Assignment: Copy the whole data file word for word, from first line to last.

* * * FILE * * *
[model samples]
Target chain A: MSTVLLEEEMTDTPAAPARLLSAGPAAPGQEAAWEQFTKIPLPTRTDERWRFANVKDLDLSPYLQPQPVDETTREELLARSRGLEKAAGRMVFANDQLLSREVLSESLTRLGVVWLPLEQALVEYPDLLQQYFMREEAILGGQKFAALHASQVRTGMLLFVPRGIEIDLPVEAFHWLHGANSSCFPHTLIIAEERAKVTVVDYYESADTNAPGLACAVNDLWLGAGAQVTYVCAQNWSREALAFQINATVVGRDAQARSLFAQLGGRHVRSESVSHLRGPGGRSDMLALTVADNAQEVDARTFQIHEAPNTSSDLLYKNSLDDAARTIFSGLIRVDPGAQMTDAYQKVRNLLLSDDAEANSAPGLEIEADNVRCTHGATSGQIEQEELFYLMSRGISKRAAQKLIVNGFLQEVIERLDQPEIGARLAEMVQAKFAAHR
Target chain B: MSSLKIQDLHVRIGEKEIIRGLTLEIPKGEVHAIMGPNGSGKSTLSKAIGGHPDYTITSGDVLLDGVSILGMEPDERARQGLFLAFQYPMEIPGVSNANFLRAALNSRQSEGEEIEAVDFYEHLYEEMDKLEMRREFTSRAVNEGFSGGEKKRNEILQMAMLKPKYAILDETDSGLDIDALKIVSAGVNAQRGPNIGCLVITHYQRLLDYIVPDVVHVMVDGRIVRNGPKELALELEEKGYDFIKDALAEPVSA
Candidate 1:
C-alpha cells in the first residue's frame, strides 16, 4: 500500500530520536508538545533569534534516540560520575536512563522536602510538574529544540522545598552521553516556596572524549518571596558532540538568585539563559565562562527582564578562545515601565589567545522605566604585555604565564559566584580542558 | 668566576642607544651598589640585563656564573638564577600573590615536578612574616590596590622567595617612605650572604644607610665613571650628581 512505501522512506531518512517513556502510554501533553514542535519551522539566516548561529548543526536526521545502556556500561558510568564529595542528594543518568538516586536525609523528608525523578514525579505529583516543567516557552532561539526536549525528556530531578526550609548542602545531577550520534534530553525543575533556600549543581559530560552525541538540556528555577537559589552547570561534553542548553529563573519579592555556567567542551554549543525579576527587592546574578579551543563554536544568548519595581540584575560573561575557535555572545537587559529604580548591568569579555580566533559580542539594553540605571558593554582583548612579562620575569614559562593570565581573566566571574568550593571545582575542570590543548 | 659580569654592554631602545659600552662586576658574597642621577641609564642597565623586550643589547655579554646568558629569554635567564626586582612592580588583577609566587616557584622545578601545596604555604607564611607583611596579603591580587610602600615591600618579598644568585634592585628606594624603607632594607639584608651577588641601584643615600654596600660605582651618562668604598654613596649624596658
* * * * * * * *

[model samples]
Target chain A: MSTVLLEEEMTDTPAAPARLLSAGPAAPGQEAAWEQFTKIPLPTRTDERWRFANVKDLDLSPYLQPQPVDETTREELLARSRGLEKAAGRMVFANDQLLSREVLSESLTRLGVVWLPLEQALVEYPDLLQQYFMREEAILGGQKFAALHASQVRTGMLLFVPRGIEIDLPVEAFHWLHGANSSCFPHTLIIAEERAKVTVVDYYESADTNAPGLACAVNDLWLGAGAQVTYVCAQNWSREALAFQINATVVGRDAQARSLFAQLGGRHVRSESVSHLRGPGGRSDMLALTVADNAQEVDARTFQIHEAPNTSSDLLYKNSLDDAARTIFSGLIRVDPGAQMTDAYQKVRNLLLSDDAEANSAPGLEIEADNVRCTHGATSGQIEQEELFYLMSRGISKRAAQKLIVNGFLQEVIERLDQPEIGARLAEMVQAKFAAHR
Target chain B: MSSLKIQDLHVRIGEKEIIRGLTLEIPKGEVHAIMGPNGSGKSTLSKAIGGHPDYTITSGDVLLDGVSILGMEPDERARQGLFLAFQYPMEIPGVSNANFLRAALNSRQSEGEEIEAVDFYEHLYEEMDKLEMRREFTSRAVNEGFSGGEKKRNEILQMAMLKPKYAILDETDSGLDIDALKIVSAGVNAQRGPNIGCLVITHYQRLLDYIVPDVVHVMVDGRIVRNGPKELALELEEKGYDFIKDALAEPVSA
Candidate 1:
C-alpha cells in the first residue's frame, strides 16, 4: 500500500530520536508538545533569534534516540560520575536512563522536602510538574529544540522545598552521553516556596572524549518571596558532540538568585539563559565562562527582564578562545515601565589567545522605566604585555604565564559566584580542558 | 668566576642607544651598589640585563656564573638564577600573590615536578612574616590596590622567595617612605650572604644607610665613571650628581 512505501522512506531518512517513556502510554501533553514542535519551522539566516548561529548543526536526521545502556556500561558510568564529595542528594543518568538516586536525609523528608525523578514525579505529583516543567516557552532561539526536549525528556530531578526550609548542602545531577550520534534530553525543575533556600549543581559530560552525541538540556528555577537559589552547570561534553542548553529563573519579592555556567567542551554549543525579576527587592546574578579551543563554536544568548519595581540584575560573561575557535555572545537587559529604580548591568569579555580566533559580542539594553540605571558593554582583548612579562620575569614559562593570565581573566566571574568550593571545582575542570590543548 | 659580569654592554631602545659600552662586576658574597642621577641609564642597565623586550643589547655579554646568558629569554635567564626586582612592580588583577609566587616557584622545578601545596604555604607564611607583611596579603591580587610602600615591600618579598644568585634592585628606594624603607632594607639584608651577588641601584643615600654596600660605582651618562668604598654613596649624596658